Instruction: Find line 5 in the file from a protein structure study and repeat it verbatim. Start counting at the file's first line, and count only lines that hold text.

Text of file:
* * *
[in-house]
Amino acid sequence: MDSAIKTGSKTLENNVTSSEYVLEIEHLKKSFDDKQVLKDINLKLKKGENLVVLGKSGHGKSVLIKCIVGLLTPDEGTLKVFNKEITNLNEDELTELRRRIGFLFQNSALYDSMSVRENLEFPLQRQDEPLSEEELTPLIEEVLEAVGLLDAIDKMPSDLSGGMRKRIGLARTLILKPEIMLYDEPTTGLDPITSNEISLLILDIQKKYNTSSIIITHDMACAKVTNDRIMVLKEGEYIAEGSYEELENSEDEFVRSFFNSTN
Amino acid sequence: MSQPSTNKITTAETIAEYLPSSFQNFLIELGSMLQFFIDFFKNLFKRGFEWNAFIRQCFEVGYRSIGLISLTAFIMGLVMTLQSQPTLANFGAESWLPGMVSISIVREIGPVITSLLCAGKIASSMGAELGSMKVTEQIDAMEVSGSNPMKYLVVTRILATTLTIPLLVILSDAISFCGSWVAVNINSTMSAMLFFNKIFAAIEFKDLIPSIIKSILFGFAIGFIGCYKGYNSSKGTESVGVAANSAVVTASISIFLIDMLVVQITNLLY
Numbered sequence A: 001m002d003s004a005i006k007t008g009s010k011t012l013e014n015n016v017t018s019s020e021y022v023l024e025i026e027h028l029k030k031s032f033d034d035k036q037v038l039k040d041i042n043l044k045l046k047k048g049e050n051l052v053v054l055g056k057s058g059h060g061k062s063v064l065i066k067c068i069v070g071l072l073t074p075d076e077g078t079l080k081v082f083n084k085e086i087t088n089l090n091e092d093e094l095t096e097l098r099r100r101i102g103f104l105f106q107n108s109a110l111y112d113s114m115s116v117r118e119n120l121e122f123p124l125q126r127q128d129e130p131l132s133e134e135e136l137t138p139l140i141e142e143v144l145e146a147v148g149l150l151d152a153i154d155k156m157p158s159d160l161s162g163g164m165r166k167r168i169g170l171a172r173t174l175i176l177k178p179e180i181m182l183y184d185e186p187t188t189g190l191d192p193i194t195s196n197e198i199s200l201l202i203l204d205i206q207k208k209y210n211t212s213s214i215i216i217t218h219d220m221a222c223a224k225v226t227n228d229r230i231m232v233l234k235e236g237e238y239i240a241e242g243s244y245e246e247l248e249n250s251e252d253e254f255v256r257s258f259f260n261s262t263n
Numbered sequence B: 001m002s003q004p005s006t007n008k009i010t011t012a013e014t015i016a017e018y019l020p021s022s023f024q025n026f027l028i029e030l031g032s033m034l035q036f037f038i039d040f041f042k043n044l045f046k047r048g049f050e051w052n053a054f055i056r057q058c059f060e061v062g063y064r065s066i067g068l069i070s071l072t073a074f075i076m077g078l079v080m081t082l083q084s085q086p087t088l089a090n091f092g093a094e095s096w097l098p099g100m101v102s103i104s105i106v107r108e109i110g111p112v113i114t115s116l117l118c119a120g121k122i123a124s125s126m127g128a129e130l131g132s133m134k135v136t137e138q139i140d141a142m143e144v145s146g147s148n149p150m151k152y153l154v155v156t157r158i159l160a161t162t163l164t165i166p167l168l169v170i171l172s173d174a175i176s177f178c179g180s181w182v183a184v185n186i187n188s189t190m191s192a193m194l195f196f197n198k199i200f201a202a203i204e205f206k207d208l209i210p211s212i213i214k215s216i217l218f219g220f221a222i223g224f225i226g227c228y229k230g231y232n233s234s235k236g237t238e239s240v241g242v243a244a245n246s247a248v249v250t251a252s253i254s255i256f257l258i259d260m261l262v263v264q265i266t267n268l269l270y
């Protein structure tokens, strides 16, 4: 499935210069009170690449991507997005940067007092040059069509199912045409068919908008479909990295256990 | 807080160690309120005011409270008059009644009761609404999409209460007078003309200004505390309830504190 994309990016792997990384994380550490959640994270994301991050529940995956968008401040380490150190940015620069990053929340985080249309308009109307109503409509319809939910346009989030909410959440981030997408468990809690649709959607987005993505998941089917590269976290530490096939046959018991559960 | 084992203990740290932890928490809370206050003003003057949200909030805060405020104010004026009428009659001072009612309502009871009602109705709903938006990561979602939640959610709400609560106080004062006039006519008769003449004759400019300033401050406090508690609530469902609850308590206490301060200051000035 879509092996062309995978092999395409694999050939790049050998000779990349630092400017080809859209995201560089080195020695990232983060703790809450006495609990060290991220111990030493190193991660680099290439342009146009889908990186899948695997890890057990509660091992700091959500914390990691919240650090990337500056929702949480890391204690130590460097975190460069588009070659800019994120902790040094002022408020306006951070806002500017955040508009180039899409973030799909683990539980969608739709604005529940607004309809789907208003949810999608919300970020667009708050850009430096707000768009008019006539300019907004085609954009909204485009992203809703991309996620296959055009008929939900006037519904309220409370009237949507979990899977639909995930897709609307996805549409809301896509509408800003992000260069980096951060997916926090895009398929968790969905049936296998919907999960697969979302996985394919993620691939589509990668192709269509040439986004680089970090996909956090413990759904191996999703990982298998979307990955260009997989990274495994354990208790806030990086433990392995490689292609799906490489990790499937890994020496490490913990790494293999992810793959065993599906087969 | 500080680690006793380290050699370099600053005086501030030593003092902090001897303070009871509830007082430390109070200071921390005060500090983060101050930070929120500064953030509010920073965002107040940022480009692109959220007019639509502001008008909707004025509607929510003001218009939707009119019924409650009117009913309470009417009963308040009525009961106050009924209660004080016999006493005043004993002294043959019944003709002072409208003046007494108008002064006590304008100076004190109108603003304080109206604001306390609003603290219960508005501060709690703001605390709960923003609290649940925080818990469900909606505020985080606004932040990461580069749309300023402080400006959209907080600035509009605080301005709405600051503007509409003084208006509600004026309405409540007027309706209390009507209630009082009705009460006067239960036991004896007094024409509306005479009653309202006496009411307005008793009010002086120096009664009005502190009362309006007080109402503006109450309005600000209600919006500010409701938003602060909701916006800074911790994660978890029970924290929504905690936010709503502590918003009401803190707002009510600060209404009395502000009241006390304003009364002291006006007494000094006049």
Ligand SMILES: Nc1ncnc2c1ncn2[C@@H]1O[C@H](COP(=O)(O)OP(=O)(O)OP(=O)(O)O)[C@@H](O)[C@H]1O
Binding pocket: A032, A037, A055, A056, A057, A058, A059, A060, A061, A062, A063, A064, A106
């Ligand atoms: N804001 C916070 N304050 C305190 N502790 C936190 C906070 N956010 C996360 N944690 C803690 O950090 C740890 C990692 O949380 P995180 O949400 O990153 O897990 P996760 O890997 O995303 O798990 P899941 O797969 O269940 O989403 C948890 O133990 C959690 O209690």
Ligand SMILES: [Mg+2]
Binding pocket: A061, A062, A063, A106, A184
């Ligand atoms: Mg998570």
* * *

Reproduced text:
Numbered sequence B: 001m002s003q004p005s006t007n008k009i010t011t012a013e014t015i016a017e018y019l020p021s022s023f024q025n026f027l028i029e030l031g032s033m034l035q036f037f038i039d040f041f042k043n044l045f046k047r048g049f050e051w052n053a054f055i056r057q058c059f060e061v062g063y064r065s066i067g068l069i070s071l072t073a074f075i076m077g078l079v080m081t082l083q084s085q086p087t088l089a090n091f092g093a094e095s096w097l098p099g100m101v102s103i104s105i106v107r108e109i110g111p112v113i114t115s116l117l118c119a120g121k122i123a124s125s126m127g128a129e130l131g132s133m134k135v136t137e138q139i140d141a142m143e144v145s146g147s148n149p150m151k152y153l154v155v156t157r158i159l160a161t162t163l164t165i166p167l168l169v170i171l172s173d174a175i176s177f178c179g180s181w182v183a184v185n186i187n188s189t190m191s192a193m194l195f196f197n198k199i200f201a202a203i204e205f206k207d208l209i210p211s212i213i214k215s216i217l218f219g220f221a222i223g224f225i226g227c228y229k230g231y232n233s234s235k236g237t238e239s240v241g242v243a244a245n246s247a248v249v250t251a252s253i254s255i256f257l258i259d260m261l262v263v264q265i266t267n268l269l270y